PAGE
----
I used to try to ignore the suffering, but now I acknowledge beggars, nodding sorry and recognizing what seems to be very real pain (although I've been told that some are quite good actors). I vow to practice patience with the photo requests, even those who are sneaky about it, and oblige everyone who asks. On top of that, I work to endure the staring, even if this feels invasive. While the unwavering stares make me feel like a monster/celebrity, I recognize that this is my own cultural schema and I may be misinterpreting this behavior given the context.
These efforts are small, but a large part of the greater journey towards empathy and understanding required of travel in India.
We spend the rest of the day touring remains of beautiful temples from the 15th century. Back then the Vijayanagara empire likely had a population twice the size of Paris. What remains now is spectacular.
I have the feeling that I've sure done myself in with these flowers. It seems like everyone is staring at me, more than usual. As an introvert, this excessive attention makes me uncomfortable. It's not long before some guy approaches to ask for a photo. I agree, as always, but before I know it I'm surrounded by about thirty people. The entire family—kids, parents, grandparents—materialize instantly from behind pillars and boulders. They all want to pose together for the shot. I smile stupidly. This is what it must feel like to be famous.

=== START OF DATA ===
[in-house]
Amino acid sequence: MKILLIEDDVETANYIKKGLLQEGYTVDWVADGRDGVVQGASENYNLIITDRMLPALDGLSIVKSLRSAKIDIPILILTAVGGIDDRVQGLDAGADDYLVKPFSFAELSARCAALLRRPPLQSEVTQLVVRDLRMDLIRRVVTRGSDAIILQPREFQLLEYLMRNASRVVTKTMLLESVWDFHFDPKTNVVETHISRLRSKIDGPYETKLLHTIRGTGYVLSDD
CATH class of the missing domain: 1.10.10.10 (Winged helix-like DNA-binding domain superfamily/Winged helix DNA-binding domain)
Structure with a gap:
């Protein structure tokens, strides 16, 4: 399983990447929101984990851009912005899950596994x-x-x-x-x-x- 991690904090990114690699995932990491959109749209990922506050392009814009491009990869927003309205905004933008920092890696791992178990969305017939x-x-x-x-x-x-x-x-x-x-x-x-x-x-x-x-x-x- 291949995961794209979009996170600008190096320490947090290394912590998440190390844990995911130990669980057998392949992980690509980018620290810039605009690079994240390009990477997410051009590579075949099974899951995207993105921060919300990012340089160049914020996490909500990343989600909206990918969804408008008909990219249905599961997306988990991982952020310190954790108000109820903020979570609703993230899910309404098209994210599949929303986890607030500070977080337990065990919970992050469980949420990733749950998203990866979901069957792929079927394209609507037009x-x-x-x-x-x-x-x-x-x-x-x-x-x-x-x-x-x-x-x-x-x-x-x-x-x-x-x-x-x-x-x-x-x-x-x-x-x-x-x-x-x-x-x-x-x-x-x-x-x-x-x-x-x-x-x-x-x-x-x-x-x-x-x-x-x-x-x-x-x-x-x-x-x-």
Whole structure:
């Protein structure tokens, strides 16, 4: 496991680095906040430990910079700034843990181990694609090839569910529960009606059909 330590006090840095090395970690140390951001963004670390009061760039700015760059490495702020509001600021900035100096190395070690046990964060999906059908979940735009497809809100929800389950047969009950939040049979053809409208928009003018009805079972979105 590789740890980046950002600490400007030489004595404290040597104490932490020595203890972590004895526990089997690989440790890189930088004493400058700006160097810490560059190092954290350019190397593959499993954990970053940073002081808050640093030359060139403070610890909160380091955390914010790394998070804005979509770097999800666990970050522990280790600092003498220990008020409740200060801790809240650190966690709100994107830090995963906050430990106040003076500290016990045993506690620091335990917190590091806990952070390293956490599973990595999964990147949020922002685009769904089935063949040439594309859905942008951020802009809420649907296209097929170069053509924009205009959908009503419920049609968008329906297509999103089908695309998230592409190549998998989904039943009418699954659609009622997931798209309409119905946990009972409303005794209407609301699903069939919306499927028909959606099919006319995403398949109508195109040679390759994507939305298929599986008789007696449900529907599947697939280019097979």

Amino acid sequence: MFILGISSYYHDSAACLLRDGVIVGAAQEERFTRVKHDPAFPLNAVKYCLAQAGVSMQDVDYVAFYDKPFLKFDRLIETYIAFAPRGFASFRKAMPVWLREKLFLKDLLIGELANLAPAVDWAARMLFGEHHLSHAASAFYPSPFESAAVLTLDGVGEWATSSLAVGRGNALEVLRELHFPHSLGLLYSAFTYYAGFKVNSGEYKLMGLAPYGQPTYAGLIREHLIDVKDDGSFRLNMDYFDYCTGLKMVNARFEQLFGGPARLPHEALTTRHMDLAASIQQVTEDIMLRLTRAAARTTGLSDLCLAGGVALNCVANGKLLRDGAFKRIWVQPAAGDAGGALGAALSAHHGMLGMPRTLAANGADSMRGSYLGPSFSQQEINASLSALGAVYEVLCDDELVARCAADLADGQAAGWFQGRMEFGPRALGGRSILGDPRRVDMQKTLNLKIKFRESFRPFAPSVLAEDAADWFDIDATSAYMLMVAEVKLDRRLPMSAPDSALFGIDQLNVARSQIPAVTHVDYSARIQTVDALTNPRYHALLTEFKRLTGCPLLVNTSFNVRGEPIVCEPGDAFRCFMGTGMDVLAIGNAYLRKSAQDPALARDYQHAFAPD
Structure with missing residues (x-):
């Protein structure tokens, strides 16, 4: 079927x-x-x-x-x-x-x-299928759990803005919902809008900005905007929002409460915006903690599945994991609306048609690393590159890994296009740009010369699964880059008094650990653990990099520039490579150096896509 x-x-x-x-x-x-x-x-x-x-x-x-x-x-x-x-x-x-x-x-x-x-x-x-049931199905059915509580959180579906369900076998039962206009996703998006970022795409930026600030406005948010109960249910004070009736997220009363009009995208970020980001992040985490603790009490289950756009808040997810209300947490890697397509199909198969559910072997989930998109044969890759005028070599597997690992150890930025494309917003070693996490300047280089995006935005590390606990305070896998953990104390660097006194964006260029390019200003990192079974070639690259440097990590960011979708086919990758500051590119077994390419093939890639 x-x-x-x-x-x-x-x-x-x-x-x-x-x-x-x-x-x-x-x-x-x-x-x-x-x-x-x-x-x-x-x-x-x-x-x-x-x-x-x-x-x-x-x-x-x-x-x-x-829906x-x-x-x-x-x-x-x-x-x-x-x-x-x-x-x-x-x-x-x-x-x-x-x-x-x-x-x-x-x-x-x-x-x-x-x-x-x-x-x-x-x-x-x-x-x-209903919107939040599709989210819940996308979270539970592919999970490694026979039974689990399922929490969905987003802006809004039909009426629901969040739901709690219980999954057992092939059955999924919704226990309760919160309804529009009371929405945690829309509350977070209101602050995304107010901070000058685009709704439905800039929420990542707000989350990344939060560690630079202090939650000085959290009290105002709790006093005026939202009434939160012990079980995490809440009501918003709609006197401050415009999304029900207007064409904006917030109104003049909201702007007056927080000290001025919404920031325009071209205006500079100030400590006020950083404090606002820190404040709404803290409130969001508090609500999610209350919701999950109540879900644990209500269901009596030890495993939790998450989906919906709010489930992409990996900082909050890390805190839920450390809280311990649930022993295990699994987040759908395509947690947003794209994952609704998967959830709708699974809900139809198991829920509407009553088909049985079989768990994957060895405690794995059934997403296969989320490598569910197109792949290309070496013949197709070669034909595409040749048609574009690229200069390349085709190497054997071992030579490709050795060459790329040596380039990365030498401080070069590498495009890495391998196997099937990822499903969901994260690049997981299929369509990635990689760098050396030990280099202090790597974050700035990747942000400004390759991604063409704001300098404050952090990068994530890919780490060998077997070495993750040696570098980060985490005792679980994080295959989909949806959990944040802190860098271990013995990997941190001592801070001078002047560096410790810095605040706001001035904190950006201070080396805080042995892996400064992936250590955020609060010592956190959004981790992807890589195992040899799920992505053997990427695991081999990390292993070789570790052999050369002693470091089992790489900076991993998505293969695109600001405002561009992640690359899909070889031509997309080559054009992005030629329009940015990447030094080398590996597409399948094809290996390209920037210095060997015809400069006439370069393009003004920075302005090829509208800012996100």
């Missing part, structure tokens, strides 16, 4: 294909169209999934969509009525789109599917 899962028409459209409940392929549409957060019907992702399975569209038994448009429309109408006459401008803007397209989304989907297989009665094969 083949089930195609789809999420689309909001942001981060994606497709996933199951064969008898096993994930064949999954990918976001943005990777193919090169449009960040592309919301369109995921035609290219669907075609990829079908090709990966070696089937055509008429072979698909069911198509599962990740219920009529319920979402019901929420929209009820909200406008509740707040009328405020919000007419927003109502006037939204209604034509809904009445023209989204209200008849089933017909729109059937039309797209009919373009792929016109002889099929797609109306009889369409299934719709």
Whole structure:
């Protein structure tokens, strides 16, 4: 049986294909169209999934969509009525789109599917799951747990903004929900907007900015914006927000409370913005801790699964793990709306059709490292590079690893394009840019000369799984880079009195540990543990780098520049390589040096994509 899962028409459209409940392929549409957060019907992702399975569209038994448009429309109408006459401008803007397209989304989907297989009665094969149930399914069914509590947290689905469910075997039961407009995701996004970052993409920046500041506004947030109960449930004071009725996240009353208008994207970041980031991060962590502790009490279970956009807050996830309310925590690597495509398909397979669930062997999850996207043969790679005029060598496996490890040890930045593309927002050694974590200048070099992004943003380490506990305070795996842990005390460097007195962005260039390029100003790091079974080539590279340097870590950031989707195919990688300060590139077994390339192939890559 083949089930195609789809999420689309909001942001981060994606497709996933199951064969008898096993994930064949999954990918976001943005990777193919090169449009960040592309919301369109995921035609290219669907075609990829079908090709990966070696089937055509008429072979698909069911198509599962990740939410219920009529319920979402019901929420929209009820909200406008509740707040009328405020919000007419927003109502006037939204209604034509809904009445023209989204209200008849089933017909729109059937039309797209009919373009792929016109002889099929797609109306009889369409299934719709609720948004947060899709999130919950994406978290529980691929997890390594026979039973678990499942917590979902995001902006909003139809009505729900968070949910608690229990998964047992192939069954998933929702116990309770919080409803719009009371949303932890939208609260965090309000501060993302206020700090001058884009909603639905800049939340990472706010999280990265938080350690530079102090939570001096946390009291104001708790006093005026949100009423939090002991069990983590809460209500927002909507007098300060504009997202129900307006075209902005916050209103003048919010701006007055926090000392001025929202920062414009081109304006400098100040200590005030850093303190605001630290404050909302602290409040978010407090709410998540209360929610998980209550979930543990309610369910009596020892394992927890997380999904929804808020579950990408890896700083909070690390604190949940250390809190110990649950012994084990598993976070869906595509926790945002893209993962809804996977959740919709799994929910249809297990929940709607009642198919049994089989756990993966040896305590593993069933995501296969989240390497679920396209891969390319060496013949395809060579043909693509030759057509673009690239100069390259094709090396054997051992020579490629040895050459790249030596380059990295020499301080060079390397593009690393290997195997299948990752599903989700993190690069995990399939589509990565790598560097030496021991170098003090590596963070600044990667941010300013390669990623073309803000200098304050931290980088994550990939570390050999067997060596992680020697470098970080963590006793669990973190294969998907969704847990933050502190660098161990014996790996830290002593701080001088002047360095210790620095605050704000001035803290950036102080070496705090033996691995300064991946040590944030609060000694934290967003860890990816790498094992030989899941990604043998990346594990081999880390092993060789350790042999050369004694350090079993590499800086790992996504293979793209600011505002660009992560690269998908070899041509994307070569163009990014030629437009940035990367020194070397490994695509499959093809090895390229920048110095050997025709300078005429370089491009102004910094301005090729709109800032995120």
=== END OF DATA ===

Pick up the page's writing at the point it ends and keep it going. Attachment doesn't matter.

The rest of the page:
After the family photo, one of the kids asks to shake my hand. I oblige and before I know it they all want to shake my hand. I work my way through the family as they stare, fascinated. One boy asks my name. A man asks if I'm married. Someone else asks where I'm from.
We finally peel away from the crowd to continue our tour of the temples. I can't help but feel silly and awkward whenever this photo-taking frenzy happens. Besides leaving mystified by their fascination each time this happens, I also walk away with a collection of amusing photos.
I ask our guide, Harumon, for an explanation. Why do Indians go so crazy for foreigners?
He tells me that our souls have been together here in this place before. He says that this is why we feel such happiness to see each other, this is why the large family was so drawn to me.
I like his way of thinking and smile because it feels so classically Hindu. But regardless of a belief in reincarnation or not, Harumon is right. If there's one thing I've learned from my travels, it's that we really are all part of a bigger family. We're all in this together, and this crazy unexpected place called Earth is our shared home to destroy or to protect. That's our choice.
We destroy each other when we blame, hate, alienate, fail to acknowledge or give. We tear apart the fabric of society when we fail to take a closer look, when we stay stuck in our perspective, or hold onto our political or religious agendas too tightly.
I can't solve all the world's problems, I can't give enough to help all of India, but I can choose to open my eyes. I can choose to give others the honor and respect of awareness, understanding, acceptance and empathy. That's a start at least.
Do you give to beggars in the street at home or when you travel? Share your perspective in the comment section below.